Free software has much to offer non-profit organizations (NGOs). If you are reading this, you are probably a member or participant of an NGO, and I hope I can show you why free software and open standards are important for your organisation. Or maybe you are a free software supporter who’d like to see a change in a social organisation near you. In any case, I will try to give you a few arguments in favour of free software, along with some practical information on how to successfully face a migration process from proprietary software.
I've mentioned before the recent move among UK charities to become more "professional", which is often translated as "do what the corporates do" (particularly when it comes to IT). One reason for this is the dreaded bespoke friend-of-a-friend database. These "databases" (and I use the term loosely) are often written by a student, with tenuous links to the charity, looking for a final year project and usually in Microsoft Access and they are usually awful to maintain.
You might have gathered from my article about hosting free software events, I work and am interested in the UK Voluntary/Community Sector (VCS). I also am a user and advocate of free software and I have a desire to see it used more often in VCS and non-governmental (NG) organisations. I believe that these two groups should be some of the primary non-personal users of free software and here’s why.
It’s not about cost
Last fall a slightly ambitious project to test the uptake of Ubuntu Linux in the volunteer community of eastern England showed positive results, so why has the funder pulled the plug?
I still haven’t found a free software case management framework for non-profits emerging on the horizon. If you search SourceForge or Freshmeat, you find legal case management systems, but nothing oriented to the general non-profit market for client management. There are electronic health records, CRMs and ERPs... all of which have elements that would be useful, but none alone can do the trick.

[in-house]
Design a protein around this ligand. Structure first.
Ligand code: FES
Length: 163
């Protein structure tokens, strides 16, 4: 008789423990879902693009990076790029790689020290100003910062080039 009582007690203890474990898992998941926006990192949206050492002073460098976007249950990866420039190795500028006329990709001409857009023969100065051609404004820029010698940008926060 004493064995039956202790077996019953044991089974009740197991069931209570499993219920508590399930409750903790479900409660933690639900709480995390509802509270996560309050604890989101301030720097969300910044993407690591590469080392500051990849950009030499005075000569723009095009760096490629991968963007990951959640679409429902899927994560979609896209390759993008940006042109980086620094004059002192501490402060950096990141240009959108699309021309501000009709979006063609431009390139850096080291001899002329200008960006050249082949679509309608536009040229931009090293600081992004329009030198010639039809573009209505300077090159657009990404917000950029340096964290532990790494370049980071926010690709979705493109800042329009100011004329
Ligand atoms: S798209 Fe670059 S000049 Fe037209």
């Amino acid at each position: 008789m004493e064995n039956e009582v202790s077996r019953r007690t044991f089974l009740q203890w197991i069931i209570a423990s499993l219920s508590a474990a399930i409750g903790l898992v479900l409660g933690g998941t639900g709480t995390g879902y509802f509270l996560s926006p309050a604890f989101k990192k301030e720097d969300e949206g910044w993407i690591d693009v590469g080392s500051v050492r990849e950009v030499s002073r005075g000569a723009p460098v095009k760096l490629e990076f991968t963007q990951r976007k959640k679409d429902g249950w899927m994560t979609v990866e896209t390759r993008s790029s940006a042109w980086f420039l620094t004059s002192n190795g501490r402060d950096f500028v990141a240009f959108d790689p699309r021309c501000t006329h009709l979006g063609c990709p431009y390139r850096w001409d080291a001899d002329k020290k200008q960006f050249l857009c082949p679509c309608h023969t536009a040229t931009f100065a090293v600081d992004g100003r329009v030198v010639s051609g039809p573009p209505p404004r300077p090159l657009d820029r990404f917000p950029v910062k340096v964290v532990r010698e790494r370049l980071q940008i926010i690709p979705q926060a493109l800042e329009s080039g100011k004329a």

MMORPGs, or Massively Multiplayer Online Role-Playing Games, are fairly popular in the proprietary gaming world. Rather than playing a game all by yourself on a computer in your own dark room, you could be playing a game all by yourself on a computer in your own dark room---but against thousands of other people who play the same game on-line along with, or against, your character in the game, adding an intriguing social edge to the genre. Unfortunately, no such game currently exists in the free software world. Not yet, anyway.
Nevrax and Ryzom
Gervase Markham, the Mozilla Foundation's licensing officer, in an article in the Times Online, talks about being questioned by a northern UK Trading License Officer about giving away software.
Today, I sat down with the executive director of a counseling service for child sexual abuse to have a chat about developing a case management application for them. These organizations need to be able to track their activities with the people they deal with, write notes about their interactions, produce assessments, demographic analysis and activities reports and manage documents. Good case management software is pivotal for them. I realized that it's ridiculous how these types of organizations struggle with their technology needs.